NASA Astrophysics Data System (ADS)
Mulder, W. A.; Shamasundar, R.
2016-07-01
We consider isotropic elastic wave propagation with continuous mass-lumped finite elements on tetrahedra with explicit time stepping. These elements require higher-order polynomials in their interior to preserve accuracy after mass lumping and are only known up to degree 3. Global assembly of the symmetric stiffness matrix is a natural approach but requires large memory. Local assembly on the fly, in the form of matrix-vector products per element at each time step, has a much smaller memory footprint. With dedicated expressions for local assembly, our code ran about 1.3 times faster for degree 2 and 1.9 times for degree 3 on a simple homogeneous test problem, using 24 cores. This is similar to the acoustic case. For a more realistic problem, the gain in efficiency was a factor 2.5 for degree 2 and 3 for degree 3. For the lowest degree, the linear element, the expressions for both the global and local assembly can be further simplified. In that case, global assembly is more efficient than local assembly. Among the three degrees, the element of degree 3 is the most efficient in terms of accuracy at a given cost.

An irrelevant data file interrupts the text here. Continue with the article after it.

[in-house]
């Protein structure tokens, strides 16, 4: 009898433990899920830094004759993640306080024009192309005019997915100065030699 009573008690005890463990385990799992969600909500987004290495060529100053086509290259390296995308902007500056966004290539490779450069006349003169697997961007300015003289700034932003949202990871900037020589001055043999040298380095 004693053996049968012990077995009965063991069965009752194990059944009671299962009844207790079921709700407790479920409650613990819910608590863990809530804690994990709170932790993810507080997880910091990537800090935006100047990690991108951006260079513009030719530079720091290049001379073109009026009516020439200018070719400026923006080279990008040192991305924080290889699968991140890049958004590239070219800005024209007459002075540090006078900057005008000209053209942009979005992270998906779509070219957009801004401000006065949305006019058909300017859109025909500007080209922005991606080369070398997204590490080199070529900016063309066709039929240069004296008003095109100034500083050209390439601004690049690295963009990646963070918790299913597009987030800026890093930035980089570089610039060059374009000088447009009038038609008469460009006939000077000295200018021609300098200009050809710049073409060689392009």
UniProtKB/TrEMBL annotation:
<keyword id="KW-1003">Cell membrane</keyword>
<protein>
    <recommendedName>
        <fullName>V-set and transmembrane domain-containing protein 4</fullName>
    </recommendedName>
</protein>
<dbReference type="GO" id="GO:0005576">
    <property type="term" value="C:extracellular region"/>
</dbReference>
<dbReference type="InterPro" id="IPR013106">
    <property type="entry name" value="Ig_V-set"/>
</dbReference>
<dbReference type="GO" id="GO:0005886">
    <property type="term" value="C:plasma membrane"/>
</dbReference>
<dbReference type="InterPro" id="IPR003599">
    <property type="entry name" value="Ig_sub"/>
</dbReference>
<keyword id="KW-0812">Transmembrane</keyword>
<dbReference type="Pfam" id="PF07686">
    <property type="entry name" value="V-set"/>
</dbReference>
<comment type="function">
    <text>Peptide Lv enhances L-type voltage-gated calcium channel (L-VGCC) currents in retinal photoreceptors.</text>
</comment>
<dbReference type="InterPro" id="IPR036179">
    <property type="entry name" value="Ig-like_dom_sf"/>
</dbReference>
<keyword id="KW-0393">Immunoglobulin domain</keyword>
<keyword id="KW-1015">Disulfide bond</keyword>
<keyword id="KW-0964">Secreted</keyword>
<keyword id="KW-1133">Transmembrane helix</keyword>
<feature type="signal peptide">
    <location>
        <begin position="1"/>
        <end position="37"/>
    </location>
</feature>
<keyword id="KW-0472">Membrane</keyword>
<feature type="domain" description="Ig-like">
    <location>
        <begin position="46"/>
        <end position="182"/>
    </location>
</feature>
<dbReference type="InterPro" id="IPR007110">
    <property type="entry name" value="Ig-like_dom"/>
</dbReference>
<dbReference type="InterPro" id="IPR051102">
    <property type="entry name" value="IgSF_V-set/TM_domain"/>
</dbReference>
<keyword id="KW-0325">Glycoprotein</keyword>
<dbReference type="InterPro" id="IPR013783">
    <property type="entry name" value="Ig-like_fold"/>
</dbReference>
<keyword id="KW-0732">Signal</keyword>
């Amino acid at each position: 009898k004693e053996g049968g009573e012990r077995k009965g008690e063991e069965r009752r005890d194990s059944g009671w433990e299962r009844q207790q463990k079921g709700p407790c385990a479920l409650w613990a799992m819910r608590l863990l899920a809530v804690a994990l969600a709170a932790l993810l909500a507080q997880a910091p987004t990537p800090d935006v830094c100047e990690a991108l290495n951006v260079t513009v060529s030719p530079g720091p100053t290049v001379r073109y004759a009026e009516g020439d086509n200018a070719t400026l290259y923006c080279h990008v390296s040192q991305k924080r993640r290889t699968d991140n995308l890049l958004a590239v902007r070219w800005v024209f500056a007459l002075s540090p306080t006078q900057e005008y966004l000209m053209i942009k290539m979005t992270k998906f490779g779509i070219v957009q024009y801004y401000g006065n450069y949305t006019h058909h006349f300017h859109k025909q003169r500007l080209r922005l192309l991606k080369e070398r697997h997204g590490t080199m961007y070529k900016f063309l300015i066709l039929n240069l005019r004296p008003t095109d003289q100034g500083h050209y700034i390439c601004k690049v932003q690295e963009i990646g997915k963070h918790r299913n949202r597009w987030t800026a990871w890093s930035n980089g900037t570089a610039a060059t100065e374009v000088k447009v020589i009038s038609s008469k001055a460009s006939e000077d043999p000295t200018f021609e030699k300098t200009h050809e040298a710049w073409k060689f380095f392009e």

ERIC Educational Resources Information Center
Fay, Temple H.
2012-01-01
Quadratic friction involves a discontinuous damping term in equations of motion in order that the frictional force always opposes the direction of the motion. Perhaps for this reason this topic is usually omitted from beginning texts in differential equations and physics. However, quadratic damping is more realistic than viscous damping in many…
Quadratic elongation: A quantitative measure of distortion in coordination polyhedra